Grain can be a confusing concept for lots of golfers, but it’s an important factor that they should know the basics of. When we talk about grain, we’re describing the direction the grass tips are pointing. Grain is a big factor on courses with Bermuda-grass greens, which is a warm-weather grass that you’ll usually find in Queensland or America’s south. The faster the greens speeds, the smaller the influence of the grain; the slower the greens get, the greater the influence becomes. But grain always plays a role. It can be the reason you make or miss putts, so it’s important to understand the basics of it.
—Joe Plecker, director of instruction at Landings Club, Georgia, Golf Digest Best in State Teacher

How to read grain

  • Find the grassy side of the hole
  • Find the dead side of the hole
  • Look for slopes and shading

How to read grain Step No.1: Find the grassy side

The basics are that the tips of the grass are pointed in a specific direction, which influences the ball as it rolls. If the grain is pointing towards your ball, it will be a little slow; if it’s pointing away from your ball, it will be quicker. If you’re ever confused about grain, the first thing you should do is look at the golf hole itself. On greens where grain plays a heavy role, you’ll see there’s a grassy side and a dead side.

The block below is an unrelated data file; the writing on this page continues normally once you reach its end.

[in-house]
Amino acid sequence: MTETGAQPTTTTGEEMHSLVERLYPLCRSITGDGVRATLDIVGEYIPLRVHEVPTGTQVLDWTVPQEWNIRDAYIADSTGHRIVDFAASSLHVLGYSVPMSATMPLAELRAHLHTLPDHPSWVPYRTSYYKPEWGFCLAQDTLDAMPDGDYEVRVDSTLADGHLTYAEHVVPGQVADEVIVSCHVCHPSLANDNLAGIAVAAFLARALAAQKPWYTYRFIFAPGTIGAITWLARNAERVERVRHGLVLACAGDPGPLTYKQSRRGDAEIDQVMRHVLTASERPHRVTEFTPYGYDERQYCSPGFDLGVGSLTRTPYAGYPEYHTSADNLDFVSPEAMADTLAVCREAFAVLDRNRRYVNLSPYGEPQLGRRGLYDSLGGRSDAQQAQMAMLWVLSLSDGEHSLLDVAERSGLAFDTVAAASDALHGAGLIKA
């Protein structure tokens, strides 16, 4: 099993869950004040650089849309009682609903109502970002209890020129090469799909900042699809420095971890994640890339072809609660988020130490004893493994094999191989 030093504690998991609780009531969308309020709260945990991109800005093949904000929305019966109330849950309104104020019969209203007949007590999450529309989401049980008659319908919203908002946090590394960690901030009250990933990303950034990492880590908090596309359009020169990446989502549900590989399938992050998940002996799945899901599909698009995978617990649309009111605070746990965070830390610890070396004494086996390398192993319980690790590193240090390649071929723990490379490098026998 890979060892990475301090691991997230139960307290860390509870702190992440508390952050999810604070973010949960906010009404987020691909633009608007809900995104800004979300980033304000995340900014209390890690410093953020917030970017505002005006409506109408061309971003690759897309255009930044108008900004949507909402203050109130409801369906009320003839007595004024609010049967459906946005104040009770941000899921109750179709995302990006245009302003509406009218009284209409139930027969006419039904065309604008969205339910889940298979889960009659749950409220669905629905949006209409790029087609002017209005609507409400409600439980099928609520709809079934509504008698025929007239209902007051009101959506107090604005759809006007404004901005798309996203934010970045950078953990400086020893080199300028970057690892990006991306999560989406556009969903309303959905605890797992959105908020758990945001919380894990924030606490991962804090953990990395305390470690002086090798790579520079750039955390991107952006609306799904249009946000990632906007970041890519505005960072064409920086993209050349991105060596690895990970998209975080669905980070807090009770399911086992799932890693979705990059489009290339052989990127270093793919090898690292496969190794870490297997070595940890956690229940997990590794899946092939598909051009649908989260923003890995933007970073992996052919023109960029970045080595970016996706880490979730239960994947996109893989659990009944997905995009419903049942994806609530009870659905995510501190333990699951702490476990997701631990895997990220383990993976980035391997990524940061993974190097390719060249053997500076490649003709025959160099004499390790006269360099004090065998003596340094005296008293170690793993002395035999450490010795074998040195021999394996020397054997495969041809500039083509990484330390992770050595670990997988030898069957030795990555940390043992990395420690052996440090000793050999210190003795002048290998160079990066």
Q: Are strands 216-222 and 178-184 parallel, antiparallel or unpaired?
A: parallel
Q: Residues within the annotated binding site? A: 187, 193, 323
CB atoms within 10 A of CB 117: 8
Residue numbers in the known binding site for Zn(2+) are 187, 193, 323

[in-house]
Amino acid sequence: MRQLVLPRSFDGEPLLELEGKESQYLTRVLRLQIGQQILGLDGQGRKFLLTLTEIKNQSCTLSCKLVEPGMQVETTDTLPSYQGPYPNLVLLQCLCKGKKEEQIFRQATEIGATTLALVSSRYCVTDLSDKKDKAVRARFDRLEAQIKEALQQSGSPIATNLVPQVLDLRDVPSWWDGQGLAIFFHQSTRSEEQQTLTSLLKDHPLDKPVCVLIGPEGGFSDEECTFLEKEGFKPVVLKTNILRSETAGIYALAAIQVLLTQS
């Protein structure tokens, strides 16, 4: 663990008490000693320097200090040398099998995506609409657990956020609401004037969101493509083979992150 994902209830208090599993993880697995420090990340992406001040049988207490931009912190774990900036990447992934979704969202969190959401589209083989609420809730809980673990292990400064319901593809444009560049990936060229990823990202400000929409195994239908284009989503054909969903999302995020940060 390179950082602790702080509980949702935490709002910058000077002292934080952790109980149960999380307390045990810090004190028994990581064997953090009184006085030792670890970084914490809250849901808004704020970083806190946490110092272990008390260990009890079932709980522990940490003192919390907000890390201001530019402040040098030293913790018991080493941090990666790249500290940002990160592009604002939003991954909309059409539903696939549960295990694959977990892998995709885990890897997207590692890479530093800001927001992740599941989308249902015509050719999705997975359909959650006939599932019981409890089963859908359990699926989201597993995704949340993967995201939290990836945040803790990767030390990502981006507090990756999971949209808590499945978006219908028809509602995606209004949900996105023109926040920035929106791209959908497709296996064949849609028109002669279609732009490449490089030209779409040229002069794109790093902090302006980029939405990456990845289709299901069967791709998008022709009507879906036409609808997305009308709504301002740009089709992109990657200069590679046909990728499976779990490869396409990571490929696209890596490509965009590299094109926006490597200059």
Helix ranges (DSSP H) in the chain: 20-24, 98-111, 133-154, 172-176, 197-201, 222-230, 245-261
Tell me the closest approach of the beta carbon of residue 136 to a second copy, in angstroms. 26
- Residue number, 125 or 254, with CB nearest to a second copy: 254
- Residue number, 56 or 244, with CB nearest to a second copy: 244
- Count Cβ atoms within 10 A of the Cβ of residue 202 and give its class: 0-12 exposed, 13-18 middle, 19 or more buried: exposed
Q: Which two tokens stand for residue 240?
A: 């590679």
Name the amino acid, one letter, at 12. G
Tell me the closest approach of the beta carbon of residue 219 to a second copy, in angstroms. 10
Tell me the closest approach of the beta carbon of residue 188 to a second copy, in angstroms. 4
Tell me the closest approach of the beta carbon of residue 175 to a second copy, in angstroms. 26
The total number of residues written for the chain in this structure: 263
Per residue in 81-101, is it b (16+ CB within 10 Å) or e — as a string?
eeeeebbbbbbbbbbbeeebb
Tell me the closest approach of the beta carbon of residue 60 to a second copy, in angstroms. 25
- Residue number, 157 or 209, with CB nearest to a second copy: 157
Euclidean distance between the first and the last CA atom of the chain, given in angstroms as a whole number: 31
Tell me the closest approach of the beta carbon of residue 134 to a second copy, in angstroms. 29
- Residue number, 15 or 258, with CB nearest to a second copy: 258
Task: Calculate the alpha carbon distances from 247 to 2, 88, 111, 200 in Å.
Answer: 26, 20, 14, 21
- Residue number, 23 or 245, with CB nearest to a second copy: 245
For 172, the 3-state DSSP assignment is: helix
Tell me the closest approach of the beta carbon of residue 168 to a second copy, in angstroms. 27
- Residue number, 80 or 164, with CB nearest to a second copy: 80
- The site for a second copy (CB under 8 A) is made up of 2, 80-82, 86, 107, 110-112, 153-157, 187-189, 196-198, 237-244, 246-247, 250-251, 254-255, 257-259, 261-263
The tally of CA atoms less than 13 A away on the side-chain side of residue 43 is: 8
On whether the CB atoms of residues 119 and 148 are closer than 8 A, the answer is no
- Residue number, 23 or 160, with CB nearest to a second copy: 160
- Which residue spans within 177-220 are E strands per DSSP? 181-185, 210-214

How to read grain Step No.2: Find the dead side

The dead side of the whole will always be opposite the grassy side. The dead side is caused by the grass being chopped off at the roots. The grain points from the smooth side, towards the dead side.

How to read grain Step No.3: Find the slopes and shading

Grain also grows down and along slopes. It’s why when you look at certain greens, they’ll often look different shades of green—that’s because of the grain.

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